Nearly two decades after Malcolm Bricklin tried importing the Chery brand to America, the state-owned Chinese automaker is coming back again—and this time, it's bringing an attractive-looking SUV.
Or so we're led to believe. For the last 20 years, every Chinese automaker keeps hiring auto industry veterans from the U.S., Europe, and Japan to write the same script, only to backtrack in the face of the highly mature, super competitive U.S. car market, where even the most established players can struggle to make ends meet. The newest message is that Chery's premium brand, Exeed, will reskin its TX SUV, which it launched at Frankfurt in 2017, and call the vehicle Vantas.
Chery, which opened a Frankfurt design studio in 2018, intends to sell the Exeed TX in Europe sometime after this year. Sometime later, it's going to sell the Vantas to Americans and build it in as yet unspecified U.S. factories.
The TX is a compact SUV built on an Chery-specific platform that can accommodate hybrid, plug-in-hybrid, and battery-electric powertrains. There's no word on what a U.S.-spec Vantas would cost or where it would sell. The importer, Hale and Associates Automotive Holdings (HAAH), is based in Irvine, California. Several months ago, the company signed a deal to import Zoyte, another Chinese automaker that has a joint venture with Ford in China.
The Hale in Hale and Associates is Duke Hale, a four-decade car industry veteran who led U.S. sales at Volvo and Mazda, directed operations at Isuzu, and was once CEO of Lotus. His most recent position, before founding HAAH in 2014, was vice president of customer service and parts at Jaguar Land Rover. It's worth noting that Chery has a joint-venture plant with Jaguar Land Rover in China.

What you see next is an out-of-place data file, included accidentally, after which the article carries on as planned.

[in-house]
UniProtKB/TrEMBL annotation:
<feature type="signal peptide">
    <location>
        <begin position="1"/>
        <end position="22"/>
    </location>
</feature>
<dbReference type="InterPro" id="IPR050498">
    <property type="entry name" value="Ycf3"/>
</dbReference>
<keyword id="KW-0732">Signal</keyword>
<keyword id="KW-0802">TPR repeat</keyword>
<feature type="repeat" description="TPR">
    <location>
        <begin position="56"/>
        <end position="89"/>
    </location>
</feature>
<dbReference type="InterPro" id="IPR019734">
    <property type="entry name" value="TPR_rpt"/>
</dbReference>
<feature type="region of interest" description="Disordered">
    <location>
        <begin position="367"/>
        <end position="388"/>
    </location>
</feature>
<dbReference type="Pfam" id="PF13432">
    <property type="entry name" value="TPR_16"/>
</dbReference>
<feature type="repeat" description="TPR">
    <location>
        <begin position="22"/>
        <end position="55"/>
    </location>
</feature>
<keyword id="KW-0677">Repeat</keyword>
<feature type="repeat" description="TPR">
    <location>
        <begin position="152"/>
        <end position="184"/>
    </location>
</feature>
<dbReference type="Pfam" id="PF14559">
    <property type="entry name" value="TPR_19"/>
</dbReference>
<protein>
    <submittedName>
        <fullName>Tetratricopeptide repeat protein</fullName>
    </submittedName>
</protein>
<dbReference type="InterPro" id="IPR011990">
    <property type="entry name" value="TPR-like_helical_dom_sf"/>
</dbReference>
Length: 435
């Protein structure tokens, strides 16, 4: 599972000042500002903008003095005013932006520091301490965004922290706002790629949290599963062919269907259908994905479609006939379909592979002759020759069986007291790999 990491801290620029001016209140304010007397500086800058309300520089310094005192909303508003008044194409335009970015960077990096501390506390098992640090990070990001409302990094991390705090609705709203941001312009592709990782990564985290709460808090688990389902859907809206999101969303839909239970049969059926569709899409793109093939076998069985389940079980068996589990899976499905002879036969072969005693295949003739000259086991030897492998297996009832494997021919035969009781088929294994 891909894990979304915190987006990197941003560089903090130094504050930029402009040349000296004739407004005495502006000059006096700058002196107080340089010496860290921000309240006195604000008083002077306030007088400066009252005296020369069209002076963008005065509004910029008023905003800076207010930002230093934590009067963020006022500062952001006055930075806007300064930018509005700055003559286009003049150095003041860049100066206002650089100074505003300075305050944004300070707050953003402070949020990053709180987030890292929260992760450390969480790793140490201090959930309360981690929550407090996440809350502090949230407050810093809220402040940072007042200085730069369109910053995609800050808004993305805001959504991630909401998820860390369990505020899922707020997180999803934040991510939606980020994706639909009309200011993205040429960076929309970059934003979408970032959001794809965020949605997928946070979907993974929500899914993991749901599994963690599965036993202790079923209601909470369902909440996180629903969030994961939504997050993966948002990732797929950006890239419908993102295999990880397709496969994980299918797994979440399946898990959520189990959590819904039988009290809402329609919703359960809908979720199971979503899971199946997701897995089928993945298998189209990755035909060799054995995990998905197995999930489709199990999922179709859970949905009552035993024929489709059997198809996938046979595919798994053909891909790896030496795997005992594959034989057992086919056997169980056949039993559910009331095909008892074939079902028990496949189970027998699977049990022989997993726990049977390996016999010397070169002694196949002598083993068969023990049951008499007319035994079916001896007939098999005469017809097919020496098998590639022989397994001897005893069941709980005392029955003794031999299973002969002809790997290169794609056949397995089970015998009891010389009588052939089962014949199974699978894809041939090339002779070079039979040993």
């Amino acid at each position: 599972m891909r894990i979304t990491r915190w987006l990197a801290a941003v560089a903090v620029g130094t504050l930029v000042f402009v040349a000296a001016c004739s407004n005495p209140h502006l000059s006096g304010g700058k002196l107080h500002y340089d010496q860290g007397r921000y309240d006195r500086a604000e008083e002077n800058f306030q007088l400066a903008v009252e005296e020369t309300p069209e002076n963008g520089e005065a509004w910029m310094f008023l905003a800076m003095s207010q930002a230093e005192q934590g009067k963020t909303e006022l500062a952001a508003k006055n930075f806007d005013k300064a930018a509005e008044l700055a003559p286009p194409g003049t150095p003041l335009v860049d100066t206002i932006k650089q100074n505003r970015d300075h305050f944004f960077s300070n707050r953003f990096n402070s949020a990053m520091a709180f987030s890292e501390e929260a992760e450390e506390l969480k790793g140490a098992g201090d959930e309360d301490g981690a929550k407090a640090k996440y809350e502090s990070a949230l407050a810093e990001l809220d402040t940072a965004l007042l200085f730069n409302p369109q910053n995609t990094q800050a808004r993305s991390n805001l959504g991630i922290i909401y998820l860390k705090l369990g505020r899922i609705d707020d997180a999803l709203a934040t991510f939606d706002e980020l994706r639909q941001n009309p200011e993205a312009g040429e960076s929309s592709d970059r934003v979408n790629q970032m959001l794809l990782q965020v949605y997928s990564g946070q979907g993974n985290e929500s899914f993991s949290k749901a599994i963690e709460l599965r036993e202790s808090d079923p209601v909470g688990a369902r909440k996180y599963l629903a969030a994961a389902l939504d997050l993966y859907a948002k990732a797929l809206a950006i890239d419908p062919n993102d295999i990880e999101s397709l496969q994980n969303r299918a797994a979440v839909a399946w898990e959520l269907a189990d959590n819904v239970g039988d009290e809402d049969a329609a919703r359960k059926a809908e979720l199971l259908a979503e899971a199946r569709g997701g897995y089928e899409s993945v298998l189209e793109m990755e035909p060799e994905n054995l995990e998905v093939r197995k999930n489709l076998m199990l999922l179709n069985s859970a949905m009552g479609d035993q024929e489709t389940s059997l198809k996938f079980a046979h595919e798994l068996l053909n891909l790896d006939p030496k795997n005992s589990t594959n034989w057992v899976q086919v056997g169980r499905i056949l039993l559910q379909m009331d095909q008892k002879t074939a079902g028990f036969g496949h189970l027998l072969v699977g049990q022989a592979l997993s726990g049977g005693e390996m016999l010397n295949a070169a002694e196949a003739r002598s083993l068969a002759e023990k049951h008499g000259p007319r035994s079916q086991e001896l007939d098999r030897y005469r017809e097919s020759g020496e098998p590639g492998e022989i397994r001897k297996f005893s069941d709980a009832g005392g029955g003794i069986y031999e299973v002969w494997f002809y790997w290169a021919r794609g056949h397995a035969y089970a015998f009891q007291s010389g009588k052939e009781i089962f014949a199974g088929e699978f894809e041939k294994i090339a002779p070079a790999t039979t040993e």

HAAH counts two Hyundai long-timers—Chris Hosford, who spent 20 years directing the U.S. PR team, and Bob Pradzinkski, with 26 years in top sales roles—out of its dozen or so U.S. employees. Others have held sales, development, and marketing jobs at Mazda, Volvo, Toyota, and Nissan, among other major automakers. They include chief revenue officer Michael Davis, who on the HAAH website counts as one of his major accomplishments the unsuccessful $300 million relaunch of MG in the U.S.
Eight years ago, Car and Driver was the first U.S. car publication to test-drive a Chery, and granted, the cars have improved since then. Could it happen? It could always happen. But now that Geely-owned Volvo is pushing Polestar, Hyundai is pouring billions into the Genesis brand (which is matching Jaguar in U.S. sales), and Faraday Future, financed by China, is on the way out, let's just say it's really hard to sell cars in this country.